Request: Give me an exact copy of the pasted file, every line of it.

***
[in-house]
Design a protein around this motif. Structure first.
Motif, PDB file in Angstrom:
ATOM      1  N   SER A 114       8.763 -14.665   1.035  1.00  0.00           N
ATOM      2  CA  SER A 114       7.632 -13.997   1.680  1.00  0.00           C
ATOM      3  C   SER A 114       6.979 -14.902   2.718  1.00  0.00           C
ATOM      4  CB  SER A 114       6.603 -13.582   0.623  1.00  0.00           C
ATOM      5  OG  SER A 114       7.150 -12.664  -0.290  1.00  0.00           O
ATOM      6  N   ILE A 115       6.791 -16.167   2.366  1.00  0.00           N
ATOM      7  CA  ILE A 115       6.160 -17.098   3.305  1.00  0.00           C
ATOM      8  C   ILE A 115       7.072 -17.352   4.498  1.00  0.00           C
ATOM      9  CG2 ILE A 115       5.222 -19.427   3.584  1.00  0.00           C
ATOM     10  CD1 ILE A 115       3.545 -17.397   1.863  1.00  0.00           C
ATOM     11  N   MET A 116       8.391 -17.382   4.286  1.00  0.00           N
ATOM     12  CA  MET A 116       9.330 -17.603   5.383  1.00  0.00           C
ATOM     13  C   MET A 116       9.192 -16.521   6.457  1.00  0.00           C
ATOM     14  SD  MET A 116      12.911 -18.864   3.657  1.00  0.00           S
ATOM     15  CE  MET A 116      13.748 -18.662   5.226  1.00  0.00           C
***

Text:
[in-house]
Design a protein around this motif. Structure first.
Motif, PDB file in Angstrom:
ATOM      1  N   SER A 114       8.763 -14.665   1.035  1.00  0.00           N
ATOM      2  CA  SER A 114       7.632 -13.997   1.680  1.00  0.00           C
ATOM      3  C   SER A 114       6.979 -14.902   2.718  1.00  0.00           C
ATOM      4  CB  SER A 114       6.603 -13.582   0.623  1.00  0.00           C
ATOM      5  OG  SER A 114       7.150 -12.664  -0.290  1.00  0.00           O
ATOM      6  N   ILE A 115       6.791 -16.167   2.366  1.00  0.00           N
ATOM      7  CA  ILE A 115       6.160 -17.098   3.305  1.00  0.00           C
ATOM      8  C   ILE A 115       7.072 -17.352   4.498  1.00  0.00           C
ATOM      9  CG2 ILE A 115       5.222 -19.427   3.584  1.00  0.00           C
ATOM     10  CD1 ILE A 115       3.545 -17.397   1.863  1.00  0.00           C
ATOM     11  N   MET A 116       8.391 -17.382   4.286  1.00  0.00           N
ATOM     12  CA  MET A 116       9.330 -17.603   5.383  1.00  0.00           C
ATOM     13  C   MET A 116       9.192 -16.521   6.457  1.00  0.00           C
ATOM     14  SD  MET A 116      12.911 -18.864   3.657  1.00  0.00           S
ATOM     15  CE  MET A 116      13.748 -18.662   5.226  1.00  0.00           C